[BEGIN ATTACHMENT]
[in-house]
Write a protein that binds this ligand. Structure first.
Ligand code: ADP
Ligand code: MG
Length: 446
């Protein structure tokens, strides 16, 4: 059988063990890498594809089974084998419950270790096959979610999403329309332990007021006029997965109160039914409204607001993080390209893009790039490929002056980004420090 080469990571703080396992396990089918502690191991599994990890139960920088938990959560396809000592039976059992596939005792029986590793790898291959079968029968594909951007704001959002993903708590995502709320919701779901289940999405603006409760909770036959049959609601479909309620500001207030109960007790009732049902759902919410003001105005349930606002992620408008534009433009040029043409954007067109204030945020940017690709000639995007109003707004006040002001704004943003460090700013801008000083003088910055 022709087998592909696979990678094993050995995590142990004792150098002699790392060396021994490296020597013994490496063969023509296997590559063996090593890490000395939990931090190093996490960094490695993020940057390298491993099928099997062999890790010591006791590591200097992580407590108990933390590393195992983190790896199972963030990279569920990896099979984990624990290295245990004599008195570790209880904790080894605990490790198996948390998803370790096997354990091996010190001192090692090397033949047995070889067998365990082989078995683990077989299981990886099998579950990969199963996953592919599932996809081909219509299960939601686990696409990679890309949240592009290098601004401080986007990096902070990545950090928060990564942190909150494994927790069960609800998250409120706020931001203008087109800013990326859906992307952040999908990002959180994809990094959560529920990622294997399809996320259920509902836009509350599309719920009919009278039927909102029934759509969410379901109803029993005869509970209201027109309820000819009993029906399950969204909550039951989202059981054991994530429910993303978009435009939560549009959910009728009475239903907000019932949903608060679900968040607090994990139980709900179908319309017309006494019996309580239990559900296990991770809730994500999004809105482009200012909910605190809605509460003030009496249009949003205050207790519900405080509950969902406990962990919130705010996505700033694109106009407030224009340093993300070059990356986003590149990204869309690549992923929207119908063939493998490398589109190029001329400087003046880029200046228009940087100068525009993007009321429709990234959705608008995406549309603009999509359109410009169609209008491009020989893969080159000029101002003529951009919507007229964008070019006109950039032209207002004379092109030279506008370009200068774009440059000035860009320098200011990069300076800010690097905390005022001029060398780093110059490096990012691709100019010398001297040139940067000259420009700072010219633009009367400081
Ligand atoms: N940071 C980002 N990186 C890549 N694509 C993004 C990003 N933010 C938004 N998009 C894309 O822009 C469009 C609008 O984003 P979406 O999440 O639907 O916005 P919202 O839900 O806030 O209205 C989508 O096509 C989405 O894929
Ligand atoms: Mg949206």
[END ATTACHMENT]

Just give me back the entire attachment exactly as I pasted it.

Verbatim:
[in-house]
Write a protein that binds this ligand. Structure first.
Ligand code: ADP
Ligand code: MG
Length: 446
């Protein structure tokens, strides 16, 4: 059988063990890498594809089974084998419950270790096959979610999403329309332990007021006029997965109160039914409204607001993080390209893009790039490929002056980004420090 080469990571703080396992396990089918502690191991599994990890139960920088938990959560396809000592039976059992596939005792029986590793790898291959079968029968594909951007704001959002993903708590995502709320919701779901289940999405603006409760909770036959049959609601479909309620500001207030109960007790009732049902759902919410003001105005349930606002992620408008534009433009040029043409954007067109204030945020940017690709000639995007109003707004006040002001704004943003460090700013801008000083003088910055 022709087998592909696979990678094993050995995590142990004792150098002699790392060396021994490296020597013994490496063969023509296997590559063996090593890490000395939990931090190093996490960094490695993020940057390298491993099928099997062999890790010591006791590591200097992580407590108990933390590393195992983190790896199972963030990279569920990896099979984990624990290295245990004599008195570790209880904790080894605990490790198996948390998803370790096997354990091996010190001192090692090397033949047995070889067998365990082989078995683990077989299981990886099998579950990969199963996953592919599932996809081909219509299960939601686990696409990679890309949240592009290098601004401080986007990096902070990545950090928060990564942190909150494994927790069960609800998250409120706020931001203008087109800013990326859906992307952040999908990002959180994809990094959560529920990622294997399809996320259920509902836009509350599309719920009919009278039927909102029934759509969410379901109803029993005869509970209201027109309820000819009993029906399950969204909550039951989202059981054991994530429910993303978009435009939560549009959910009728009475239903907000019932949903608060679900968040607090994990139980709900179908319309017309006494019996309580239990559900296990991770809730994500999004809105482009200012909910605190809605509460003030009496249009949003205050207790519900405080509950969902406990962990919130705010996505700033694109106009407030224009340093993300070059990356986003590149990204869309690549992923929207119908063939493998490398589109190029001329400087003046880029200046228009940087100068525009993007009321429709990234959705608008995406549309603009999509359109410009169609209008491009020989893969080159000029101002003529951009919507007229964008070019006109950039032209207002004379092109030279506008370009200068774009440059000035860009320098200011990069300076800010690097905390005022001029060398780093110059490096990012691709100019010398001297040139940067000259420009700072010219633009009367400081
Ligand atoms: N940071 C980002 N990186 C890549 N694509 C993004 C990003 N933010 C938004 N998009 C894309 O822009 C469009 C609008 O984003 P979406 O999440 O639907 O916005 P919202 O839900 O806030 O209205 C989508 O096509 C989405 O894929
Ligand atoms: Mg949206």